Date of Award

Spring 1988

Project Type


Program or Major


Degree Name

Doctor of Philosophy

First Advisor

David Gress


The use of cement based processes for stabilization-solidification of heavy metal wastes has been extensively studied and characterized. Microstructural characterization of the waste matrix was conducted using X-ray diffraction analysis, scanning electron microscope, energy dispersive spectroscopy, mercury intrusion and helium displacement porosimetry. The physio-chemical characteristics of the solidified waste are affected by the metal type, cement binder, additives, solution to cementitious ratio, and curing regime. All the heavy metals (Cd, Pb, As, Cr) analyzed were detected in the CSH structure; Cr, Cd and As were detected in ettringite, and only Cd was detected in CH. Cd was the only metal detected in the crystalline form as cadmium hydroxide determined by XRD.

All metals increased the total porosity and shifted the pore size distribution to the larger pores within the solidified matrix. Porosity and pore size distribution was not the only parameter affecting the unconfined compressive strength and leaching potential of the solidified waste. Different metal solidified wastes having similar pore characterization exhibited different strength and leaching characteristics.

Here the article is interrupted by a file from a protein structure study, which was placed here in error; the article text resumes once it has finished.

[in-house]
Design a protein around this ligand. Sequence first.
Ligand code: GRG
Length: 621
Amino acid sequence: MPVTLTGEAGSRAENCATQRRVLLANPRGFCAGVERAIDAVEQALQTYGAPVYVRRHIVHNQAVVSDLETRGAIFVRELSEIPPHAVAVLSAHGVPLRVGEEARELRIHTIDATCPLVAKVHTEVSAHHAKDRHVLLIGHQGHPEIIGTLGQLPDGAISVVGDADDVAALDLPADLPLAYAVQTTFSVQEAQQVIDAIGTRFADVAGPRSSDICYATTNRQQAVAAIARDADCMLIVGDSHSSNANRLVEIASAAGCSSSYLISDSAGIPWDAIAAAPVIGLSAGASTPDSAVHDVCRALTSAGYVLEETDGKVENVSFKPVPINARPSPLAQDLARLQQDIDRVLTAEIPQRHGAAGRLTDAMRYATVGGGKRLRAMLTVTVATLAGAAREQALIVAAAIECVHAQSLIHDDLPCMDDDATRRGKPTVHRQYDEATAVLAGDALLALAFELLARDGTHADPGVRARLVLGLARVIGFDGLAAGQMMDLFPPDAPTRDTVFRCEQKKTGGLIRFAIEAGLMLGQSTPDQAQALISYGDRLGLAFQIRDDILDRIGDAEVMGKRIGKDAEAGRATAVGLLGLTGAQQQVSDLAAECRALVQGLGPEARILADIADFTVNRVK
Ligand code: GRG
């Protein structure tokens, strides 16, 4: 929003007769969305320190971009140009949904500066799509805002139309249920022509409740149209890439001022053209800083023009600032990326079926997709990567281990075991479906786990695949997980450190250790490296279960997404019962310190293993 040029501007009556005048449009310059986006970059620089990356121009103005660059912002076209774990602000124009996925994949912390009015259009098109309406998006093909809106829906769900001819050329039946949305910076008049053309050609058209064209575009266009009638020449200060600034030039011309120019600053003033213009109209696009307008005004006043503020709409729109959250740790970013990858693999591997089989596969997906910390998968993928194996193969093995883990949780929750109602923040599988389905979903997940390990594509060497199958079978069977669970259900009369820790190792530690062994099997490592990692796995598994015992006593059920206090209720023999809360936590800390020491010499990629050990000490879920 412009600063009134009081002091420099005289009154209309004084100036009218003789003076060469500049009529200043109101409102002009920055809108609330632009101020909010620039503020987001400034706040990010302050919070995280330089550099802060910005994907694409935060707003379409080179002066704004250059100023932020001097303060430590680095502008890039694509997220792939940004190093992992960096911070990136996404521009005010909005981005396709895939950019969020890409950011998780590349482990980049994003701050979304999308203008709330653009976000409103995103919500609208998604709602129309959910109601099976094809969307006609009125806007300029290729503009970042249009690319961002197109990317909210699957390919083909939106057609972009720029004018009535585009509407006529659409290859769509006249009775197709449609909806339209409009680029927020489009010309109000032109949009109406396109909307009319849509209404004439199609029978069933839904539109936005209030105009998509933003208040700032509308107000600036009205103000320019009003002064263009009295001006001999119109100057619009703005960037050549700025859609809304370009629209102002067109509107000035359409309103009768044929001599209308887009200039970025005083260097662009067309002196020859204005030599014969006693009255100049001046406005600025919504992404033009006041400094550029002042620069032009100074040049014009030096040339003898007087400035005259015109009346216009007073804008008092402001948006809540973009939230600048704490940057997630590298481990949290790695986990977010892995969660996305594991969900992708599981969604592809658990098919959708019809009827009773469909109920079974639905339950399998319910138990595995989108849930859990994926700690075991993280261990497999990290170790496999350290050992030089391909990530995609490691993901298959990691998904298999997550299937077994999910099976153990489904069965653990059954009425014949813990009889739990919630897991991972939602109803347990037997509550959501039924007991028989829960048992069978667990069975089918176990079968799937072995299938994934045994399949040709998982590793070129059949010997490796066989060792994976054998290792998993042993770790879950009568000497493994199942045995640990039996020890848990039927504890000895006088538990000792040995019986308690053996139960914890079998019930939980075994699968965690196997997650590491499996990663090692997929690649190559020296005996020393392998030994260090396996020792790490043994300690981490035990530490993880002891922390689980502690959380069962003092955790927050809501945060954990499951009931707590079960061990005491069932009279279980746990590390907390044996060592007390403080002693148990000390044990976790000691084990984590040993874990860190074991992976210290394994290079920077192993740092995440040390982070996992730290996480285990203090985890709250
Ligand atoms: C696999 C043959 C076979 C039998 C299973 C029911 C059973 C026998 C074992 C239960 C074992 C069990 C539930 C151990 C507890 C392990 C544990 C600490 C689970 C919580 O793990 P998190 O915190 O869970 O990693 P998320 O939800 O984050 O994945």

The seawater leachability of the solidified waste appears to be a function of the metal complex formed and the microstructural changes that occur. Magnesium hydroxide and carbonation of the surface layer affects the apparent surface porosity and permeability and the heavy metal release.

Excessive expansion of the cadmium solidified waste leached in seawater was attributed to a combination of expansive ettringite formation and matrix weakening induced by softening of the CSH phase and gypsum formation. The combined presence of sulfate and chloride solutions is essential for a rapid cadmium waste deterioration as determined by the corrosion in sulfate and chloride solutions.

The sonic method proved very successful as a non-destructive technique for evaluating the freeze-thaw durability of cement solidified heavy metal wastes. These cement solidified wastes have very poor resistance to repeated cycles of freezing and thawing. Destructive forces are created during freezing of water and are a combination of expansive, hydraulic and salt crystalization pressures. Air-entrainment improves freeze-thaw characteristics of the cement solidified waste as expected.